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Jay blogs about indigenous worldview, New Zealand History and the importance of cultural partnership. 

Joseph: Double-Downs the Super Abnormal

Christmas Quipper 1

“Because Joseph her husband was faithful to the law, and yet did not want to expose her to public disgrace, he had in mind to divorce her quietly.”  -Matty-Boy Chapter 1, verse 19 

Ok, before we get too excited here, let’s be frank: a virgin birth is nuts! We’re not here to debate biology and magic, but to work with the story the storyteller told. So let’s look for a moment at an unsung hero of the Christmas story, St. Joseph, the patron saint of Chippies (well, of all workers to be precise).

When Jo-Bro discovers his fiancé is up-the-duff without his help, but that of a Holy-Seed (super abnormal moment number one), his response is… interesting. First, he’s relatively relaxed about it. Somewhat sage-like. No anger. No losing of the plot. Just the need for him to make a calm and sensible decision in light of his culture and religious plot: he decides to divorce her.

Divorcing his honey was a religiously appropriate thing to do for a first-century fulla in his circumstance. He just had to write her out a piece of paper and say, “Sayonara! I’m taking my Makita tool-kit to some other wahine!” He had every right to pronounce this with great fanfare to the public, but he didn’t. He kept it on the low-down like a pair of Tradies undies. Why? I think he loved her.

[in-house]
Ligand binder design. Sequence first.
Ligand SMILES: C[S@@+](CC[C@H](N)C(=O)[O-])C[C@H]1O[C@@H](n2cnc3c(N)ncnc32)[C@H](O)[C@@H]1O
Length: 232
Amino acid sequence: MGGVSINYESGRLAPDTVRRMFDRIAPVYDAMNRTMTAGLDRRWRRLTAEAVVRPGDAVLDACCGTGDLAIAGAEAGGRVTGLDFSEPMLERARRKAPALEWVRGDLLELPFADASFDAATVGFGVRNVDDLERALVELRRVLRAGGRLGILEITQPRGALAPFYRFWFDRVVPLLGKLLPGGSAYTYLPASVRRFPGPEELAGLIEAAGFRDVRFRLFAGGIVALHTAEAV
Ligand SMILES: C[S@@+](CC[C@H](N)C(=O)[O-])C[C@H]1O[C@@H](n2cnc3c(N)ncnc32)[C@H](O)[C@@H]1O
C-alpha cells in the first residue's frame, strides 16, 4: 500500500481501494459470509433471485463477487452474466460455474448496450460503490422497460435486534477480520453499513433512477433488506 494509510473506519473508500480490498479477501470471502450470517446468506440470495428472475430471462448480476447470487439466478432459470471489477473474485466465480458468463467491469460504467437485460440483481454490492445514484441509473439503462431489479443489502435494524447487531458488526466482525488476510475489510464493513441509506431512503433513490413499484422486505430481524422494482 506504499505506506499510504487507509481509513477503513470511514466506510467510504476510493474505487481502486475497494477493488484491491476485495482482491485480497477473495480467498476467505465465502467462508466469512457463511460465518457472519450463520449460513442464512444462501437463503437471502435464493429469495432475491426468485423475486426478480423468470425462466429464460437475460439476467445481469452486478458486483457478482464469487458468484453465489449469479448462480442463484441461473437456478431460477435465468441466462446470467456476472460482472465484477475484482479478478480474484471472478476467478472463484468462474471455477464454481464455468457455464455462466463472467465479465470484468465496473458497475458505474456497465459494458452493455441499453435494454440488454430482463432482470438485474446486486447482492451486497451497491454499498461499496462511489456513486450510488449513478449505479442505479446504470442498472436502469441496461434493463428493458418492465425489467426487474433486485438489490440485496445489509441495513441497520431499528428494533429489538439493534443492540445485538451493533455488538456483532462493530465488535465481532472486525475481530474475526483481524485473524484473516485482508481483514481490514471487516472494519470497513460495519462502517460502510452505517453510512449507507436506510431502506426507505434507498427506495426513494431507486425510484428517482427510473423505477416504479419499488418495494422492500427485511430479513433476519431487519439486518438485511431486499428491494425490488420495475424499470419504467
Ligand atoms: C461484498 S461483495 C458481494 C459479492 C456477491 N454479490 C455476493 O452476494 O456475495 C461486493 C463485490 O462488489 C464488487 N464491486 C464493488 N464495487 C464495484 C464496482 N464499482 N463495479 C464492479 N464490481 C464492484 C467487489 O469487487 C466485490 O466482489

Wrestling with the laws of his religion, the practical outworking of those laws and the love for his pregnant beauty, St. Jo falls asleep and encounters an extra-celestial angel-chap. He is encouraged to stick it out with his love and tautoko the one who bears a child not his. In other words God advises Joseph to do another super abnormal thing to his culturally-conditioned manhood and his religious mores. And Jo-Bro does it. It’s all very scandalous. 

Sometimes it is entirely appropriate, if not important, to go against the religious expectations of the day. Now this is not a licence to selfishly do whatever. It’s just to say that beautiful Christmas carols and cute nativity scenes may fit in churches but sometimes following God and doing the God-thing doesn’t. The original Christmas shunted the religion of the day and the same law-bending Spirit is conceiving new life within change-agents today. 

So make like Joseph, and build beyond the norm.

Merry Xmas.


José y Maria by Everett Patterson

José y Maria by Everett Patterson

Erin RukaComment